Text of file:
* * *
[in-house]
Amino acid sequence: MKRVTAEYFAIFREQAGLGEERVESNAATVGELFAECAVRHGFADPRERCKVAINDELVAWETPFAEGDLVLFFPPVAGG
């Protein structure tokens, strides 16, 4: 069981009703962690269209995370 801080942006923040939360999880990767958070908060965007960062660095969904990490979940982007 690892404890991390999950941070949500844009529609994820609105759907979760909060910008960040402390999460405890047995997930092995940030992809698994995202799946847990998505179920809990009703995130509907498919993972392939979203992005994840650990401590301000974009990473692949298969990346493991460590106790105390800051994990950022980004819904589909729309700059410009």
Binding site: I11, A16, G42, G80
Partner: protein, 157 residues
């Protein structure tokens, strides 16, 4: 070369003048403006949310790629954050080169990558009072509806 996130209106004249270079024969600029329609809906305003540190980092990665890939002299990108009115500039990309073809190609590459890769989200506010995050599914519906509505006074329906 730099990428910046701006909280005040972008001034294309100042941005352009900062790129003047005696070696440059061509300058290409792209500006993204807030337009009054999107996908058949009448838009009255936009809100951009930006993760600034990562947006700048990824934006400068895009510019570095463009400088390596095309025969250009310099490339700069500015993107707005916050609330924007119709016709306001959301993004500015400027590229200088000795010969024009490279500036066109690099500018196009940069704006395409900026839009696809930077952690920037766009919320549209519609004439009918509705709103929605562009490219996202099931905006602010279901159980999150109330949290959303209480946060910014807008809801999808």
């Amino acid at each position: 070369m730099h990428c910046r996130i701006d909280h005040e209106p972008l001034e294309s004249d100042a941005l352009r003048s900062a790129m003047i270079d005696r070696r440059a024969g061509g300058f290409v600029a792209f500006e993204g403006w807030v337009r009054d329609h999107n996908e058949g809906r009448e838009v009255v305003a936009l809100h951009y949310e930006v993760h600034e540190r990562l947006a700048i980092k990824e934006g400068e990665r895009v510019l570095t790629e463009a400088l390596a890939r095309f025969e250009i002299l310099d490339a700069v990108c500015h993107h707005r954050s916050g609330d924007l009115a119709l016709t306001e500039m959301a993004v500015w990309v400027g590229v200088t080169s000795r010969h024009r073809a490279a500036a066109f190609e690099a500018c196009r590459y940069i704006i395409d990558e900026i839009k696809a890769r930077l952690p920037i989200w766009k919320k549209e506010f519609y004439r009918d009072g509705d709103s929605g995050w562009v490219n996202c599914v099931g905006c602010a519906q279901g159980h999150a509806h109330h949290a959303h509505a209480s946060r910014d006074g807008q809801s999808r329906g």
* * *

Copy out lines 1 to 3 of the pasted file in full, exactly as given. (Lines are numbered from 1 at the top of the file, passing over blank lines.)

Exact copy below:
[in-house]
Amino acid sequence: MKRVTAEYFAIFREQAGLGEERVESNAATVGELFAECAVRHGFADPRERCKVAINDELVAWETPFAEGDLVLFFPPVAGG
């Protein structure tokens, strides 16, 4: 069981009703962690269209995370 801080942006923040939360999880990767958070908060965007960062660095969904990490979940982007 690892404890991390999950941070949500844009529609994820609105759907979760909060910008960040402390999460405890047995997930092995940030992809698994995202799946847990998505179920809990009703995130509907498919993972392939979203992005994840650990401590301000974009990473692949298969990346493991460590106790105390800051994990950022980004819904589909729309700059410009």